Carbon Economy

20

Invisible and harmless are not synonymous

There seems to be a lot of confusion around on this “carbon tax” and a lot of it seems to be due to the terminology that we’re using. I have been asked a few times “what is carbon pollution and how do you measure it”. I’ve also seen a variety of commentators pointing out (as

20

Ziggy’s nuclear meltdown

Nuclear doyen, Ziggy Switkowski, must be quite frustrated. Why doesn’t everyone get it? His beloved solution to climate change and energy security is not just a political hot (dare I say radioactive) potato, and the recently announced $10b Clean Energy Finance Corporation won’t be allocating a single dollar to funding it. His most recent piece on

154

Why Gillard has a mandate

At the risk of stirring up the howls of protests and calls for another election (if you don’t accept the outcome of the last one) or an early election (if you do), I thought I’d put forward a case for why I think the PM has a mandate to introduce the package she announced on

13

Renewable hotties

With the announcement of a Carbon Pricing policy by the Government recently, combined with the formation of ARENA, a $3.2 billion agency to consolidate renewable energy industry support and given that the purpose of MacroBusiness is to give you the bigger picture, here is a (non-exhaustive) list and short summaries of renewable energy companies that

101

Something for everyone

I’m glad we finally have a carbon price. My guess is that the roll out of the tax will be less contentious than currently appears. The leader of the opposition may want a referendum on the issue but in my view, but once it’s in place, the tax will give way to famous Australian pragmatism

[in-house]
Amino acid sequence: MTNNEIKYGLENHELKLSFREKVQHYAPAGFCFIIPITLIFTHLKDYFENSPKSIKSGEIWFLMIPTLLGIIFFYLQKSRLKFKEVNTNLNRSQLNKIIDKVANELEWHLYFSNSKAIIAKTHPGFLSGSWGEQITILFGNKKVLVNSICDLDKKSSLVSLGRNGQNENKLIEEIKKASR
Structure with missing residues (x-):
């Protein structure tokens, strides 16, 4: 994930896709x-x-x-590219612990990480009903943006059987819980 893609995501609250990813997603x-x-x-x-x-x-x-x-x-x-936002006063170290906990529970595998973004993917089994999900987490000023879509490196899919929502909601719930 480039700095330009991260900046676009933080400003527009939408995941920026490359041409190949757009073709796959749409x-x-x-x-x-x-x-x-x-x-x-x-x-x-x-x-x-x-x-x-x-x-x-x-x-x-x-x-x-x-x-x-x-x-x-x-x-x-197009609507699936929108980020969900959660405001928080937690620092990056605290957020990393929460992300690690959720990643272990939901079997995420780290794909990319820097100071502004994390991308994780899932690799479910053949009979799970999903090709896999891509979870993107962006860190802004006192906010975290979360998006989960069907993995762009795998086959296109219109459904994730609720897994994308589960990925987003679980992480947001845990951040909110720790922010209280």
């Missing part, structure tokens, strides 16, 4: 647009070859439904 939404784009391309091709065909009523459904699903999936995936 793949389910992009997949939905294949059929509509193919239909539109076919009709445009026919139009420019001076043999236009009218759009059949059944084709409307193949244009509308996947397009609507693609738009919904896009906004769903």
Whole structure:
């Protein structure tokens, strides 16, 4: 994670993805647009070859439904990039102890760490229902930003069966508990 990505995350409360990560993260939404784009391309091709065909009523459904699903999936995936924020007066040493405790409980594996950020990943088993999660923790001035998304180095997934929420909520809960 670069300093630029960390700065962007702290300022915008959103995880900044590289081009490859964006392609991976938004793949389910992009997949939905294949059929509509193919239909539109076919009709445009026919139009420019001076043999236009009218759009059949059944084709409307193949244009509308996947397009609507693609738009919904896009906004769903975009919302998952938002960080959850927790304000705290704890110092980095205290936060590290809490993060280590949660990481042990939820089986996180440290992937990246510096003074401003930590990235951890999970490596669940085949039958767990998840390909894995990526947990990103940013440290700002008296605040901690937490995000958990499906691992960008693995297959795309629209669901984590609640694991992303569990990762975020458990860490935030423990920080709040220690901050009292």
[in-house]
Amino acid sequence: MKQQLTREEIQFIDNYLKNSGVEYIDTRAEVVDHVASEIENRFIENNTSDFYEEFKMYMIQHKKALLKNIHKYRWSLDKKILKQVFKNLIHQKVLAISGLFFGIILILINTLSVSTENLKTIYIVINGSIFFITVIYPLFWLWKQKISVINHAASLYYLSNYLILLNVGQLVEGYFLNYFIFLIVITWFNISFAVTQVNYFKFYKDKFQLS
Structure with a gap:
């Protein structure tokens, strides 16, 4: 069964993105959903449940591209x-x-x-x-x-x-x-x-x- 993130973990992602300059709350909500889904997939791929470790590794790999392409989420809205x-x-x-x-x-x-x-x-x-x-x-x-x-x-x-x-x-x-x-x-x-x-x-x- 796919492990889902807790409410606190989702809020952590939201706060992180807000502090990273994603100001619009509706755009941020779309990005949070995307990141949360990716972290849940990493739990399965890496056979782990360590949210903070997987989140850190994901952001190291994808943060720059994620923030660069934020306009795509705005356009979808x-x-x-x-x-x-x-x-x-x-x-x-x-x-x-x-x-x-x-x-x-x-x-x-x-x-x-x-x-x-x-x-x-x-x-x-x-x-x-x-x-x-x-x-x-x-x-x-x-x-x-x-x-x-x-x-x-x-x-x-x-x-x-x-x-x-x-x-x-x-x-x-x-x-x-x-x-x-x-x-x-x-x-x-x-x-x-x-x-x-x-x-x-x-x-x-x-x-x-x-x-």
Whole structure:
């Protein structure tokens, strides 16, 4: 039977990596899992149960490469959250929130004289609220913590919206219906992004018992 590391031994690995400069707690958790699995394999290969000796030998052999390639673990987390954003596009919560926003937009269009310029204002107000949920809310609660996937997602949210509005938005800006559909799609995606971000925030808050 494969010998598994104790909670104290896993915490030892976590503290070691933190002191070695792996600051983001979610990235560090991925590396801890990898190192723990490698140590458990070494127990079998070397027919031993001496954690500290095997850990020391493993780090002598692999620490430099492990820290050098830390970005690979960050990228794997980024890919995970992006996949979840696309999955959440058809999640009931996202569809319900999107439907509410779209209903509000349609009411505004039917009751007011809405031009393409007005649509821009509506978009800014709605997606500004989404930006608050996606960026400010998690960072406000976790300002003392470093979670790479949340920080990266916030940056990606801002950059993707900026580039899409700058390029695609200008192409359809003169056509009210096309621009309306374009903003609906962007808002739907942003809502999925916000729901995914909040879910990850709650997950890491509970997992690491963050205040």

155

Carbon Price Announcement

OK, so I was surprised on the upside and the starting price is $23/t. The Greens have indeed exerted their influence through the negotiation and what has emerged is a surprisingly strong package, which when implemented will perhaps be the most comprehensive carbon scheme in the world. You can see the influence of the Garnaut

25

The Economy and the Environment

I’ve wandered off the reservation again this morning and am strolling around Carbon E Coyote’s turf  but I hope he doesn’t mind too much because as we Australians await the Prime Minister’s “Carbon Tax” announcement tomorrow I thought it is worth a quick post and link that is related to this issue.  It is important to note  I

75

What will the starting carbon price be?

A month or so ago I suggested that there was “a deal to be done”. It sounds this week that it’s pretty close if not already done. A few people have asked me where I think the starting carbon price will be, so I thought I’d make a prediction. My money’s on a starting price

86

Merry-go-round confusion

Judging by comments on the net and the press and in general public discourse, it appears that there’s still confusion between the role of the carbon price signal and the role of the distribution of proceeds from revenue raised. The latter has derisorily been referred to as a great big merry-go-round. Here’s an example of

18

Gassy mines (and reports)

When we talk about methane emissions, we tend to think about farting (or burping, more accurately) cows. But another strong contributor to methane emissions (yes, odourless and colourless like CO2) are fugitive emissions from extraction of fossil fuels, particularly coal mines. Every tonne of methane released is the equivalent of 21 tonnes of CO2 released,

38

Leading the world

It’s interesting how within an hour or so of the release of the Productivity Commission Report yesterday that commentators were lining up on both sides of the debate to use it to justify their positions. I thought it would be useful to point out what the report doesn’t say and therefore the conclusions that can’t

82

PC Report endorses carbon pricing

The much anticipated Productivity Report into carbon pricing is out. The full executive suymmary is available here. I will provide full analysis tomorrow. In the mean time, The Australian  reports that: The report found Australia is currently spending between $44 and $99 per tonne on carbon abatement policies in the electricity generation sector. …“As a proportion

82

Carbon taxing equities